Brooklyn noise provocateurs Deli Girls showed us their camera roll
There’s something wrong and we all feel it. Sexual predators are ousted at top levels of power and we forget a few weeks later. Networks of racism, sexism, homophobia, and transphobia seem insurmountable. Meanwhile, those of us in our mid-twenties are saddled with impostor complex, Instagram addiction, a few confusingly casual relationships, and a ton of debt.
If a way out exists, Deli Girls might be our best hope. The Brooklyn two-piece is revolt music for all the wastoids trying to break through irony and indifference into something real. Over Tommi Kelly’s blistered drum n’ bass, vocalist Danny Orlowski screams, laughs, moans, and yelps provocative lyrics like, “I’ll feed him Plan B that he bought with his own fucking money!” It’s vulnerable and earnest in the ways all good performances should be, shocking you out of apathy by over-exposure to another real, living, screaming person.
Deli Girls’ shows have been lighting up the fringes of New York’s DIY scene for the past few years, appealing to a knotty mix of punks, older experimental heads, techno freaks, ravers, and hip-hop fans. All are united under the flag of Deli Girls. Their recent record Evidence (out now on local label Sweat Equity) exemplifies their omnivorous sonics, but I’d recommend turning up to one of their increasingly packed out shows for a true taste of who this music speaks for.
The day after a blowout MoMA PS1 performance—where they turned the museum’s domed performance art space into a headbanging pit—I caught up with the duo to go through their camera rolls.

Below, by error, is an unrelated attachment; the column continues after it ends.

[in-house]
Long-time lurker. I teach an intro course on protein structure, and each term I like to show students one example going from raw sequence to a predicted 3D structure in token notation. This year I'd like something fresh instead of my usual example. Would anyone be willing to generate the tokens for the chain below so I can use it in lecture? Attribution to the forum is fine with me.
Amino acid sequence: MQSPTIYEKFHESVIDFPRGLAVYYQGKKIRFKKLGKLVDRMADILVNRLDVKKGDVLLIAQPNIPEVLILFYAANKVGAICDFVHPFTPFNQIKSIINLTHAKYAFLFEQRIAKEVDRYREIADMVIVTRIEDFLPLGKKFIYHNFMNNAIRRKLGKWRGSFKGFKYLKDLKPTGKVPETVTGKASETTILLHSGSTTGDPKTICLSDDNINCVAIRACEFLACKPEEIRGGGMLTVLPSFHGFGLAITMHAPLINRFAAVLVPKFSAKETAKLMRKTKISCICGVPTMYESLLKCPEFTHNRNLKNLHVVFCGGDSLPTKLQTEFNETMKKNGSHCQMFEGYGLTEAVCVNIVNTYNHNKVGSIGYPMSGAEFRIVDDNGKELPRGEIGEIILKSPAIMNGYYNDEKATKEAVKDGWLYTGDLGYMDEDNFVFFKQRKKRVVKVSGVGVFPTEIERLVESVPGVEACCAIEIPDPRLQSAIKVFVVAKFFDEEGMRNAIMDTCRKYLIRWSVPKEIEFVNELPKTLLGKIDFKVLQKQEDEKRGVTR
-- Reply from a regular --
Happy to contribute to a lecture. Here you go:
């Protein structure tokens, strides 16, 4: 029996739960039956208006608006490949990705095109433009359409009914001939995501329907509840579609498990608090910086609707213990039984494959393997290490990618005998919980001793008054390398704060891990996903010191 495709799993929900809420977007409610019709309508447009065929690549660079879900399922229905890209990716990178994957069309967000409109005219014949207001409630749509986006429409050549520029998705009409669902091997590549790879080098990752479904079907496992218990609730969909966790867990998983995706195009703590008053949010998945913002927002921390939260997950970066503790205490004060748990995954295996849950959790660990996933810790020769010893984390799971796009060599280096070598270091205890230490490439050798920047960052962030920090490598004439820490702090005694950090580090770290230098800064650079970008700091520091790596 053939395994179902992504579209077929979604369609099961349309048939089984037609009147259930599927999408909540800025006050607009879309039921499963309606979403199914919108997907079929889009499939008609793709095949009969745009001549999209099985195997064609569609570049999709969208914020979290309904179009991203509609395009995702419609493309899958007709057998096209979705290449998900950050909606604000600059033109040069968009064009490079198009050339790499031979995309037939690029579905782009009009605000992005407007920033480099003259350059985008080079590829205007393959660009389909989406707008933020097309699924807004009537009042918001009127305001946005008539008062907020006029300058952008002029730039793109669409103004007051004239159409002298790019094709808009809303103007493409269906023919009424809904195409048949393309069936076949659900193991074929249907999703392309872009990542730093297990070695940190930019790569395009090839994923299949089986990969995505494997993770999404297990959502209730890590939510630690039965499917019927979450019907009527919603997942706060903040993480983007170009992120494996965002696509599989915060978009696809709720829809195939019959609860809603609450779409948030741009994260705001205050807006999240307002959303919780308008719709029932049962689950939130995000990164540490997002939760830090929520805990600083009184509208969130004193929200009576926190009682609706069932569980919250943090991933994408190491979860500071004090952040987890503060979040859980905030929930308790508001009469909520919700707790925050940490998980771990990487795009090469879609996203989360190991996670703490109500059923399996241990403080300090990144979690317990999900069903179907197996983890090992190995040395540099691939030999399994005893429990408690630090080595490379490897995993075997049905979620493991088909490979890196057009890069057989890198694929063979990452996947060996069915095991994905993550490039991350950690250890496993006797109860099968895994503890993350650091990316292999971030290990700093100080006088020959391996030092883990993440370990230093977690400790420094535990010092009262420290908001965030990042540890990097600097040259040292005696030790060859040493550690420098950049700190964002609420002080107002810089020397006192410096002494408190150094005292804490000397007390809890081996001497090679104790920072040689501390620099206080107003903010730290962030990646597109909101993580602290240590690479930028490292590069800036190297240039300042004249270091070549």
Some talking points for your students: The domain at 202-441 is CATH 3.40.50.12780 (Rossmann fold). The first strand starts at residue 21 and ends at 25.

TOMMI KELLY: This is Danny and our friend Ignacio on the 5th floor of a parking garage in Mexico City, where we played a show while we were down there. Ignacio had an art show and invited us to come down and play as part of his exhibition. Very cute picture.
DANNY ORLOWSKI: Very wholesome.
KELLY: Which is a theme through a lot of these.
KELLY: This is a photo of a bunch of microchips, in this store in Mexico City, on this street where you could get any electronic. Anything. It’s where we rented the PA for our show.
KELLY: We rented it from this guy named Antonio, this brand called ALIEN. It was really bad. I had to speak Spanish in this store that doesn’t necessarily rent speakers, but they would rent it to us. We eventually worked something out, and as we were carrying it over to the venue, Antonio said he would just come and engineer our show for free. He stayed all night and was very cool.
KELLY: There’s this weird fascination with the Predator—the one from Predator—in Mexico. We went to the pyramids, and there’s so many people selling things there. You’ll find an intricate wooden carving of an ancient god next to an intricate wooden carving of the Predator, at the base of the pyramids.
KELLY: This is [Kelly’s partner] Young Gun on the seesaw at this playground. We all played at this playground in Mexico City at night. There were so many dogs there.
ORLOWSKI: You guys played legends of the hidden temple.
KELLY: Yeah, on this giant rope jungle gym! I definitely gave up an early lead.
KELLY: This is great, Young Gun took this picture. She was like all the way on the ground to get it. The thing in the background was an enormous pinata.
ORLOWSKI: They just go all the way with the Christmas decorations there.
KELLY: There’s like a giant Christmas tree in the background, covered in ads. A huge ice rink on the other side. That’s our friend Walker, Walker rules. If anyone’s going on tour, bring Walker.
KELLY: This is outside the speaker store, with the ALIEN brand PA, place called Krack audio.
ORLOWSKI: So tough.
KELLY Mexico’s kinda goth in a way. It’s really cool. Cool aliens. It’s just a vibe I got.
JOHNSON: Are you an alien believer?
KELLY: I believe in aliens. I don’t think aliens are necessarily visiting us. I saw the Phoenix lights as a kid. It’s like a triangular pattern of lights … but I think it’s a plane.
JOHNSON: Did you see the recent declassified info? The guy who quit his job with the Pentagon to research aliens?
ORLOWSKI: I feel like that happens every year.
JOHNSON: I don’t think that happens every year!
ORLOWSKI: There’s a lot of shit like that, that the government doesn’t know, but they don’t publicize that they don’t know because they don’t wanna seem weak. Most shit is shit the government doesn’t know what to do with.